Amy Bentley is Professor in the Department of Nutrition and Food Studies at New York University. A historian with interests in the social, historical, and cultural contexts of food, she is the author of Inventing Baby Food: Taste, Health, and the Industrialization of the American Diet (University of California Press, 2014), (James Beard Award finalist, and ASFS Best Book Award). For more information see inventingbabyfood.com.
Other books include Eating for Victory: Food Rationing and the Politics of Domesticity (University of Illinois, 1998), A Cultural History of Food in the Modern Era (editor) (Bloomsbury, 2011), and the co-edited volume with Simona Stano Food for Thought: Nourishment, Culture, Meaning (Springer 2021). Book chapter and journal articles feature such topics as ketchup in Reagan's America, the politics of southwestern cuisine, and a historiography of food riots (see Selected Publications below). Her current research projects include a history of food in US hospitals, and the cultural and historical contexts of meat and dairy substitutes.
In addition to her work as a food historian, she is involved in a wide range of food-related academic and applied projects, including the Food and COVID-19 NYU digital archive, and as co-founder of the NYU Urban Farm Lab and the Experimental Cuisine Collective (2007-2016). The former Editor-in-Chief of Food, Culture, and Society: An International Journal of Multidisciplinary Research (2013-2019), Bentley is co-editor with Peter Scholliers of the book series Food in Modern History: Traditions and Innovations (Bloomsbury). She serves as a board member for the Bloomsbury Food Library, the Cornell University HEARTH Collection, the book series Food and Society: New Directions (Bristol University Press) and the journals Food and Foodways, Graduate Journal of Food Studies and Gastronomy.
- Bentley, Amy, Samantha Ruth Brown, Shayne Leslie Figueroa, Salma Serry, and Claudia Saffar (2023). "School Meals in Multicultural/Multireligious Settings." In Fraser-Pearce and Fraser, eds, The Bloomsbury Handbook of Schools and Religion (September).
Bentley, Amy (2022). "Brother Herman Zaccarelli and the Influence of Vatican II on Catholic Institutional Food Service." Research in Hospitality Management, 12:3, 225-234. DOI: 10.1080/22243534.2023.2202487
Kelly A. Spring, Scott A. Barton & Amy Bentley (2022). “Online Learning and Community-Engaged Pedagogy During a Global Health Crisis: Teaching Food Studies & COVID-19.” Food, Culture & Society DOI: 10.1080/15528014.2022.2148085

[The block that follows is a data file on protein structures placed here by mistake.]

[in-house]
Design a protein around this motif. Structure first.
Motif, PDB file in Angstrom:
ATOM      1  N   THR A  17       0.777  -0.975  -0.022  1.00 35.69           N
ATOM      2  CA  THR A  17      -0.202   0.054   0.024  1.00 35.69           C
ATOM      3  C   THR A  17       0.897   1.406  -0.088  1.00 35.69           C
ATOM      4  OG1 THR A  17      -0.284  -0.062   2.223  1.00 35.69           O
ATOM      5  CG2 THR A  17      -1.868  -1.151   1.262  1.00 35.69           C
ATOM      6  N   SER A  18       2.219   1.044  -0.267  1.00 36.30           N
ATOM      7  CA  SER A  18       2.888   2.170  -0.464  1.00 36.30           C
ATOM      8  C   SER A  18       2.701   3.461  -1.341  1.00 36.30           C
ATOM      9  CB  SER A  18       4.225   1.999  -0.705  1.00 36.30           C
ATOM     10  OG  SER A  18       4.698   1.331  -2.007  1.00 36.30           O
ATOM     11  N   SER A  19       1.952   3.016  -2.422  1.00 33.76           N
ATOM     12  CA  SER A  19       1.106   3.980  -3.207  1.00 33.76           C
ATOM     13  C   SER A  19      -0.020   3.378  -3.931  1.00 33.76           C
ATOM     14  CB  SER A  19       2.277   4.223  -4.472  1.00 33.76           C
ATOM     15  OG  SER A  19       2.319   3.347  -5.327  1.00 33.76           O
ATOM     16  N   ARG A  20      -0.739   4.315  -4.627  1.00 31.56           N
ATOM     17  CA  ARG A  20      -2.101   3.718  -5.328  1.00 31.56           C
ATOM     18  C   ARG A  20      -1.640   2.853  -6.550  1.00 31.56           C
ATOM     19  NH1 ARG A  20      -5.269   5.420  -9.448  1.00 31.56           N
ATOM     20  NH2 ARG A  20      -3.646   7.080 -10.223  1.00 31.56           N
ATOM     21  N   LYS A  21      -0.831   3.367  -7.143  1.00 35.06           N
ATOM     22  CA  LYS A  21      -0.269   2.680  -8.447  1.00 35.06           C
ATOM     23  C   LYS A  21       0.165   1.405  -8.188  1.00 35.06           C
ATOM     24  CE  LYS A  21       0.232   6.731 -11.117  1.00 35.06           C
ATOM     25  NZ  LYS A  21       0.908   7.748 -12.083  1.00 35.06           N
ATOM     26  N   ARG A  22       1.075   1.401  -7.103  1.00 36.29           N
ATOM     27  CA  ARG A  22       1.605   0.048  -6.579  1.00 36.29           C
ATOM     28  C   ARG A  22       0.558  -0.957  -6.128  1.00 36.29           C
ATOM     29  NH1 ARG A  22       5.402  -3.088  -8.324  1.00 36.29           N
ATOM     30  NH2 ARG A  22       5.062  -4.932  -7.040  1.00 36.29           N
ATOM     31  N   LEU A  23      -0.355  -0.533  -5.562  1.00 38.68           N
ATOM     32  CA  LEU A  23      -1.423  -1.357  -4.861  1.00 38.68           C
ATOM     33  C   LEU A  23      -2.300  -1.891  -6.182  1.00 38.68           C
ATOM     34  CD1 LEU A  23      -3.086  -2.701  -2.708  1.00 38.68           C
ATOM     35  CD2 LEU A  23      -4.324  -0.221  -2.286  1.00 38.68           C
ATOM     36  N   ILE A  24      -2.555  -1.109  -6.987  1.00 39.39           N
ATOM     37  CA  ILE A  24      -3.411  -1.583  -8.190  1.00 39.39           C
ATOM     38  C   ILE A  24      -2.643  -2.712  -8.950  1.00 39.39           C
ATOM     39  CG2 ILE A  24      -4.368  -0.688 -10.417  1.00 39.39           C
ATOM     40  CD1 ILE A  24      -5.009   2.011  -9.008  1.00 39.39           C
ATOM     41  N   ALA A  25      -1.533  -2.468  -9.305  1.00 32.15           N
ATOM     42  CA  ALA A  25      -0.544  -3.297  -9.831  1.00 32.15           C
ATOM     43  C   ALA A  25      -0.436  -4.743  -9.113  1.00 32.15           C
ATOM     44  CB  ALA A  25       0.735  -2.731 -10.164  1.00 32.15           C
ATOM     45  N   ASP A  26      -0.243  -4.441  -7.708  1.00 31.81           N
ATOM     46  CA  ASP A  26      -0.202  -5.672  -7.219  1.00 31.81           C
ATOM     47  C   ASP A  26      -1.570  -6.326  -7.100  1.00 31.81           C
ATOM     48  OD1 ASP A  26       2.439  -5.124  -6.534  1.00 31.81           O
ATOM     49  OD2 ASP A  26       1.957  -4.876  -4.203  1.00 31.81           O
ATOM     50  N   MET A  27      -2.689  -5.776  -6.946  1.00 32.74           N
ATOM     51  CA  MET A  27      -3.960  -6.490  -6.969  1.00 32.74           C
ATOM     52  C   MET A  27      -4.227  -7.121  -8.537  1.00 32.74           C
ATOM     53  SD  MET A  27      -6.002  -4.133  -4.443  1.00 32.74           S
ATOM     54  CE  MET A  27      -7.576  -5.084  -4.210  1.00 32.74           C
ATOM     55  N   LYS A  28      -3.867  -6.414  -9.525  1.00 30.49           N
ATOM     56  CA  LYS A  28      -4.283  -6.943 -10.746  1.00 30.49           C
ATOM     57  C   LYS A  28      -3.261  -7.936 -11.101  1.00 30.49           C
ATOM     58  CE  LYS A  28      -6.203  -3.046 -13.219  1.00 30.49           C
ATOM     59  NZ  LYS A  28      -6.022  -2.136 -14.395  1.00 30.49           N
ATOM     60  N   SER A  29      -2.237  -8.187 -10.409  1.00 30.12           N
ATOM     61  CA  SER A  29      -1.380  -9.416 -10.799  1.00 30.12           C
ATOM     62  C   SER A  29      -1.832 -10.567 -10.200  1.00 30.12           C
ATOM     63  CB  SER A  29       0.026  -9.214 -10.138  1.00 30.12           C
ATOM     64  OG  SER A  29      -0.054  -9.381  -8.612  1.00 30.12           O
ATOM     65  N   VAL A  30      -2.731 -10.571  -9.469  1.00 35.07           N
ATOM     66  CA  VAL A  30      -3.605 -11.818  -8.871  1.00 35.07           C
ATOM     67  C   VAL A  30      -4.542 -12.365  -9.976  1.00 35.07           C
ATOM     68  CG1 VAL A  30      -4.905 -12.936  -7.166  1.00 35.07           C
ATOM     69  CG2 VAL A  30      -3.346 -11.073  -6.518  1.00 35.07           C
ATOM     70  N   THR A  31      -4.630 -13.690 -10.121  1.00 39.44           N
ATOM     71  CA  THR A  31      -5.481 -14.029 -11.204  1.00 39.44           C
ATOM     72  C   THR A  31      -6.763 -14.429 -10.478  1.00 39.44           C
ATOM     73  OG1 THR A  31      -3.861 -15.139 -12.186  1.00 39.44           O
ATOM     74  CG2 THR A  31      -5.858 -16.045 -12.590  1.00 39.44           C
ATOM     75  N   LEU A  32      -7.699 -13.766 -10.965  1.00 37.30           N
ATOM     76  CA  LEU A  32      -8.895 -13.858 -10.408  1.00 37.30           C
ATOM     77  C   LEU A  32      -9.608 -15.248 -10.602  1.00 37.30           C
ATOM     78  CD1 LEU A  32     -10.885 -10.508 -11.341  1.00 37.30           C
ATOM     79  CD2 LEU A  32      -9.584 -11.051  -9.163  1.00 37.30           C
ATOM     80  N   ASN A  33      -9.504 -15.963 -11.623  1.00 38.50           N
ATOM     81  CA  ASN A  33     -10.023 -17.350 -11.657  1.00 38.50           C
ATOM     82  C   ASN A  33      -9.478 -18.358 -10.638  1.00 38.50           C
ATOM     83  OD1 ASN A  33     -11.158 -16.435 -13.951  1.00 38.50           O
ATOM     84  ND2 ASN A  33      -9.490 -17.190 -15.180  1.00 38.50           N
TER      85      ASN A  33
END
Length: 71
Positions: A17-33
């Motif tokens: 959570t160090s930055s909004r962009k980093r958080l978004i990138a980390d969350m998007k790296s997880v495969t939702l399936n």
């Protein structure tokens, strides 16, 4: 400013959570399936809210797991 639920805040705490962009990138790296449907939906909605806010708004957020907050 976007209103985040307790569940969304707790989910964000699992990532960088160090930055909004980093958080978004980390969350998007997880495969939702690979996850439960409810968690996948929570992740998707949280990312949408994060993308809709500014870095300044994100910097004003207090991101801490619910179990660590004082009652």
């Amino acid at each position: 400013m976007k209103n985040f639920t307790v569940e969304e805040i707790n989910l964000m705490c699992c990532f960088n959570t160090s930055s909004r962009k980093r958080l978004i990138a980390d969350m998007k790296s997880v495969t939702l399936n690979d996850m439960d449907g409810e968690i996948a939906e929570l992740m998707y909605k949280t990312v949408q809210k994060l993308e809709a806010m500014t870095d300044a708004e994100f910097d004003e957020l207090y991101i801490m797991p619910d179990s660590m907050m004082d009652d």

- Bentley, Amy (2022). "Food and Modernity in Post-Vatican II Catholicism: Herman Zaccarelli and the Food Research Center for Catholic Institutions." Dublin Gastronomy Symposium Proceedings, May 31-June 1.
- Bentley, Amy (2021). "Ketchup as a Vegetable: Condiments and the Politics of School Lunch in Reagan's America." Gastronomica 21:1(February): 17-27.
- Simona Stano and Amy Bentley (2021). Food for Thought: Nourishment, Culture, Meaning (Springer).
- Bentley, Amy and Stephanie Borkowsky (2020). "The Food and COVID-19 NYC Archive: Mapping the Pandemic's Effect on Food in Real Time," Gastronomica, 20:4 (December): 8-11.
- Bentley, Amy (2019). "What Should Babies Eat and Whose Business is it? In Matthew Morse Booker and Charles C. Ludington, Eds. Food Fights: How the Past Matters in Contemporary Food Debates (University of North Carolina Press): 189-207.
- Bentley, Amy (2018). Afterward for Food Fights: A Global Perspective. Zapruder World: An International Journal for the History of Social Conflict 5.
- Bentley, Amy (2018). “How Ketchup Revolutionized How Food is Grown, Processed, and Regulated" June 4. Smithsonian.com.
- Albala, Ken, Warren Belasco, Amy Bentley, Lisa Heldke, and Alex McIntosh (2017). "FCS Editors' Roundtable: Reflections on the Twentieth Anniversary of the Journal." Food, Culture and Society 20:1(March): 1-14.
- Bentley, Amy (2016). "Growing Concerns." The Times Literary Supplement (March 25).
- Amy Bentley (2014), Inventing Baby Food: Taste, Health, and the Industrialization of the American Diet (UC Press).
- Amy Bentley and Hi’ilei Hobart (2014). “The Industrialization of Food in Recent United States History.” In Paul Freedman et al, eds. Food in Time and Place: The American Historical Association Companion to Food History (University of California Press): 165-187.
- Amy Bentley (2012). "Sustenance, Abundance, and the Place of Food in United States Histories." In Kyri Claflin and Peter Scholliers, eds. Writing Food History: A Global Perspective (Bloomsbury): 72-86.
- Amy Bentley, editor (2011). A Cultural History of Food in the Modern Era (Bloomsbury).
- Amy Bentley, Warren Belasco, Carolyn de la Pena, and Psyche Williams-Forson (2011). “The Frontiers of Food Studies.” Forum Section, Food, Culture and Society, Vol, 14, No. 3(September): 301-314.
- Daniel Bender with Rachel Ankeny, Warren Belasco, Amy Bentley, Elias Mandala, Jeffrey M. Pilcher, and Peter Scholliers (2011). “Eating in Class: Gastronomy, Taste, Nutrition, and Teaching Food History.” Radical History Review, 110 (Spring): 197-216.
- Leora Auslander, Amy Bentley, Leor Halevi, H. Otto Silbum, and Christopher Whitmore (2009). “AHR Conversation: Historians and the Study of Material Culture,” American Historical Review (December): 1355-1404.
- Amy Bentley (1998). Eating for Victory: Food Rationing and the Politics of Domesticity (Urbana: University of Illinois Press, 1998).